Hope trip not too bad, maybe look for b & b nearby ish for her next visit, or maybe this one?

tumbletumble Sat 27-Jul-13 06:59:20

Is it possible that she is a socially awkward person, rather lacking in empathy, who tends to put her foot in it rather than deliberately trying to be rude or hurtful? Your description of her as asking lots of questions rather than having a normal conversation made me feel a little sorry for her.

Dilidali Sat 27-Jul-13 07:07:49

I would expect my husband to stand up for me and ask his mother to move to a hotel. You don't need this stress.
How about you take the reins? Ask DH to take your son out and sort out the MIL: sorry, but you need to go to a hotel, end of.

Good for you for sticking up for yourself and as someone said earlier we all have a breaking point.
Maybe this will make her think

Partridge Sat 27-Jul-13 07:09:23

There must be a huge backstory here otherwise you are being completely ur.

Theexisapsychocunt Sat 27-Jul-13 07:11:12

You totally over reacted and also my personal opinion is shooting straight out is exceptionally rude.

cloudskitchen Sat 27-Jul-13 07:18:20

On the face of it it seems you have overreacted however having put up with it for so many years, you know her intention. Your Dh might be more inclined to stand up to her when he's had 9 days alone with her. What a vile woman. Can you laugh at her when she says these things and therefore take the power away from her. Where's the point in insulting you if you just find it all a big joke. If you reconcile again can I suggest you go there for a visit so you can keep it short. Like maybe 2 hours grin

curlew Sat 27-Jul-13 07:21:50

On the strength of your OP, which is obviously all we've got to go on,you are being massively unreasonable and incredibly rude.

Flibbedyjibbet Sat 27-Jul-13 07:37:25

I think you have been unreasonable...
You look tired..... chances are you look really really tired you're 7 months pregnant dealing with blistering heat.

People of her generation seem to have this weird thing about seatbelts not fitting. Is there any chance she could have been checking it still fits you for yours and GC to be's safety.

I feel so sorry for your DH, his Mother has arrived has said 2 things to you (maybe perfectly innocently, maybe not) you've disappeared for a "swim" and he's had to sit down and tell her that his life partner is not coming back till she has gone. Even if she is the biggest witch I wouldn't wish that job on anybody.

Theexisapsychocunt Sat 27-Jul-13 07:41:28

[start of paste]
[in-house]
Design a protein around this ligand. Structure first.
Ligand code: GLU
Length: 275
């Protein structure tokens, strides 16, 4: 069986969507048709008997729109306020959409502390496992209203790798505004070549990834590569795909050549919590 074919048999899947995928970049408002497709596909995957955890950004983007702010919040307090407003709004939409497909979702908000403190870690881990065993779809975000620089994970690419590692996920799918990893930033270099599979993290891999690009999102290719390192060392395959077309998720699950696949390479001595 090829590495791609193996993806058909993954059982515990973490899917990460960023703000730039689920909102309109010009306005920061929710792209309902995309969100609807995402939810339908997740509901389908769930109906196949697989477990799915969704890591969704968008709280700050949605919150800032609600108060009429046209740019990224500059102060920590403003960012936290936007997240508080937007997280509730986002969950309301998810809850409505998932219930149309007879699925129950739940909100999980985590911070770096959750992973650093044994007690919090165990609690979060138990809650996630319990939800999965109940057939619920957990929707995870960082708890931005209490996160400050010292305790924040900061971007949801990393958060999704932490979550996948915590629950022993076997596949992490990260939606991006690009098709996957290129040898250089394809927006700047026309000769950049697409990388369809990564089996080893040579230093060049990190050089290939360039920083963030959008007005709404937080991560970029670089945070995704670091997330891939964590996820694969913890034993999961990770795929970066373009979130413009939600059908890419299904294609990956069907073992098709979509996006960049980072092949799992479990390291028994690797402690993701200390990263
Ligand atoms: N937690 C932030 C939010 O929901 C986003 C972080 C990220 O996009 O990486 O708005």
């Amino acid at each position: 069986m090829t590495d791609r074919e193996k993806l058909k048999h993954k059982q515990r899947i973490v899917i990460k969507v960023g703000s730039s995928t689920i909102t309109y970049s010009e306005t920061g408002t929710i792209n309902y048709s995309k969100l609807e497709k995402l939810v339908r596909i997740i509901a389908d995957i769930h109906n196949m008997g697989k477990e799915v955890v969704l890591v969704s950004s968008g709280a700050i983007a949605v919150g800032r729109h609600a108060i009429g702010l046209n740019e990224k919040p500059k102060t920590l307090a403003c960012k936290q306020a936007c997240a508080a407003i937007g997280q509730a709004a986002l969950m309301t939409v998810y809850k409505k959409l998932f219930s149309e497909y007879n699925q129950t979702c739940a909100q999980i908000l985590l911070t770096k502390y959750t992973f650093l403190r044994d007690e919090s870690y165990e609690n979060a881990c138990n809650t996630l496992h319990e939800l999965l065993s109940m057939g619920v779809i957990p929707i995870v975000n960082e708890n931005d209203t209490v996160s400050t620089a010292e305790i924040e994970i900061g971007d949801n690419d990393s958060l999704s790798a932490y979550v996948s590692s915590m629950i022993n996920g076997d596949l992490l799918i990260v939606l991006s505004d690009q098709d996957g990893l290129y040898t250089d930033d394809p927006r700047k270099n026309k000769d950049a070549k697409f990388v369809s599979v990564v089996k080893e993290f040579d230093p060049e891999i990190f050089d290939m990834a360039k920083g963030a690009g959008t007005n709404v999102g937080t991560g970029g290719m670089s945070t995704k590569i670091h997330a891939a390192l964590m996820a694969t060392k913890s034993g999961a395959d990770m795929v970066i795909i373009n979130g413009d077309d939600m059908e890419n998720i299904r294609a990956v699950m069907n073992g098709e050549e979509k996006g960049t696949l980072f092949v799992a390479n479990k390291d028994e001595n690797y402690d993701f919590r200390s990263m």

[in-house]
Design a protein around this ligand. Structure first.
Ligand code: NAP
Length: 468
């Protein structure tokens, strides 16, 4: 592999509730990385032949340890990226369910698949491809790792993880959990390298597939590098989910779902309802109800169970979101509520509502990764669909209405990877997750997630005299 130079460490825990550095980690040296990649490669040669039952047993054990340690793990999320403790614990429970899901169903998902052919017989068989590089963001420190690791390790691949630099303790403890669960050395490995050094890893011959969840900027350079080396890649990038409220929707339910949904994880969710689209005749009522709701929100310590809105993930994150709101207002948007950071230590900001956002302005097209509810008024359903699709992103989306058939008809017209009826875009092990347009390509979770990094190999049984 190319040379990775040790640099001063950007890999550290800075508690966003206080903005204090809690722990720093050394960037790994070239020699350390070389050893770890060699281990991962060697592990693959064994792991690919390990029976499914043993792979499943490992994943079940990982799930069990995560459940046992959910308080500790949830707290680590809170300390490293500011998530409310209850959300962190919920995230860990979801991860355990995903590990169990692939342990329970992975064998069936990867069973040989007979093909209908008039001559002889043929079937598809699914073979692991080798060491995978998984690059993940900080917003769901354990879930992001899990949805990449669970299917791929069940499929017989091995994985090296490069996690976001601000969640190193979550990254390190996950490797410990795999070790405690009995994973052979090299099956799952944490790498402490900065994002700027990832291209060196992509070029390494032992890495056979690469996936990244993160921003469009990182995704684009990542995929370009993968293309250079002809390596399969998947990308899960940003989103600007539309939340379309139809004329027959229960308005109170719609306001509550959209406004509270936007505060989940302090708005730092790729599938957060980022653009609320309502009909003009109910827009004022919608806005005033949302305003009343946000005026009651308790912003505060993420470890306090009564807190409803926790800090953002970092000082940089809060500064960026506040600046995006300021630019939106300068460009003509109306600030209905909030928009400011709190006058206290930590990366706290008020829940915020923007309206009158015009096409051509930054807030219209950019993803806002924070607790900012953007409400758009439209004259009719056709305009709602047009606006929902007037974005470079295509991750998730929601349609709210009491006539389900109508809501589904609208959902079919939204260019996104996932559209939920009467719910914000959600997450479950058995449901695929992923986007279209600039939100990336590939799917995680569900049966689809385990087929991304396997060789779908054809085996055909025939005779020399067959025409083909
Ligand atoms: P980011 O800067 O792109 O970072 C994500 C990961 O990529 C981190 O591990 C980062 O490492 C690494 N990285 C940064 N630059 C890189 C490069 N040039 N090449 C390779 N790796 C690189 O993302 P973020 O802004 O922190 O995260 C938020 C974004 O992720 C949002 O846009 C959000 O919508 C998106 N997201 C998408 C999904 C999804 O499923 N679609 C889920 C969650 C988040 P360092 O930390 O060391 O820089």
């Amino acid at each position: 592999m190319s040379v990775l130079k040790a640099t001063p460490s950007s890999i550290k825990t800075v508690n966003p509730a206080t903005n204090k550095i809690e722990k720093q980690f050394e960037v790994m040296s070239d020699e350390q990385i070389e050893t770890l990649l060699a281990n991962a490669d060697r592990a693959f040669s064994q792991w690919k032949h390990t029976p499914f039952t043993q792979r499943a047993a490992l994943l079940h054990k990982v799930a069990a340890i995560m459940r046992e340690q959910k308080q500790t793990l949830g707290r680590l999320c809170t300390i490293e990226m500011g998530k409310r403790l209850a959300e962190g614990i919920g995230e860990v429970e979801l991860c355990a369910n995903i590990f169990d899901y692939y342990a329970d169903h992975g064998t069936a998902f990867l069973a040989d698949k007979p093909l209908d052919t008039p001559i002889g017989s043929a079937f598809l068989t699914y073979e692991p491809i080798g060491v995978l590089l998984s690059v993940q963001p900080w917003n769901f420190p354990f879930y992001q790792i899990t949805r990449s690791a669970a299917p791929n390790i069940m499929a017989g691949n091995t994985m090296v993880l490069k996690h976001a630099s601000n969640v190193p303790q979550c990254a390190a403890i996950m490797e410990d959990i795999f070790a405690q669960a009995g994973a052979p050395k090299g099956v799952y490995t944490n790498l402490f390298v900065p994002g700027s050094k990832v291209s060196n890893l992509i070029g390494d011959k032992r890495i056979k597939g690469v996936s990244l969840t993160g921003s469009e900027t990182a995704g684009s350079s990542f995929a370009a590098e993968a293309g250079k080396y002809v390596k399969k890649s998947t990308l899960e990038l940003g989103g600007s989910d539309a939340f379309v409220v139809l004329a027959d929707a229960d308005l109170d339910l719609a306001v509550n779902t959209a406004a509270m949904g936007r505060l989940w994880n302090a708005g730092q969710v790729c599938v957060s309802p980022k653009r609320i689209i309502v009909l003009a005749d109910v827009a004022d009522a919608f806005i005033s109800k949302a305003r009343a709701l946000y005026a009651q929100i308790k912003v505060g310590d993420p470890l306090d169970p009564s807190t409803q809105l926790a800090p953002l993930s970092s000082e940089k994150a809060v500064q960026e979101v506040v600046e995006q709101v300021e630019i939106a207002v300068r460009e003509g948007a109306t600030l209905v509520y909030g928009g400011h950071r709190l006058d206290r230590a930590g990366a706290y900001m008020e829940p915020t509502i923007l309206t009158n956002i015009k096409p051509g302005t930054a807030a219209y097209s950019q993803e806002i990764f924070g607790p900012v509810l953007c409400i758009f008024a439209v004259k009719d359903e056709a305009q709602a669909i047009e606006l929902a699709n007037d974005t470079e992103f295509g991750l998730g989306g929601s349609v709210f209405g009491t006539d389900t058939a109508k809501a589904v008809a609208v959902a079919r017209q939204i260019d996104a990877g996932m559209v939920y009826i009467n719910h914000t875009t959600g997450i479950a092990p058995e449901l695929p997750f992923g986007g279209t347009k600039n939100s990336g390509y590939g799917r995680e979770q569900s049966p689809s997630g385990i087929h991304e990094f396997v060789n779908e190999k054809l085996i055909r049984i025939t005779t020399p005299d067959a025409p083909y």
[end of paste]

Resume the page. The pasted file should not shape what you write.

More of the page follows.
I've had a think about this and I can't believe you were going to go out before she even got there.

You shouldn't have said she can come for a week when you clearly can't stand her - for whatever reason.

If my dh was so rude to my mum - he'd be the one looking for somewhere to stay while she was here.

cloudskitchen Sat 27-Jul-13 08:02:30

I'm wondering from the responses you have received if I'm one of the few to notice that. ..

no one in the family is talking to her because she is so difficult

your husband has a therapist because of her

you invited her for a week so she booked 9 days.

her first 2 comments to you were insulting

There is clearly a much bigger picture here than Mil arrives and you walk out. This behaviour has obviously been going on for years and has worn you down. I would however give it a bit longer before walking out for your dh sake. lots of early nights might be needed for early escape and try not to let her acidic comments get under your skin.

curlew Sat 27-Jul-13 08:17:27

He is not in therapy because of his mother. He is in therapy and dealing with issues around his mother- which any of us would do. And anyway, doesn't that make leaving him to deal with her for 9 days even worse?

And since when has "you look tired" been insulting?

She could be the worst, most unpleasant person in the universe-but noting in the OP sounds as if she is. So either tangerinefeathers is downplaying the situation or she is being unreasonable. And rude.

maillotjaune Sat 27-Jul-13 08:24:18

I agree that on the face of things you look unreasonable BUT I have a MIL a bit like yours (minus the stingy - she tries to fill our house with crap she's bought) and I know the feeling of being close to the edge when she arrives.

However - it's your home and there's no way I would have left like that. If you can't tolerate her staying with you, can she / you afford a local b&b just so you have some space?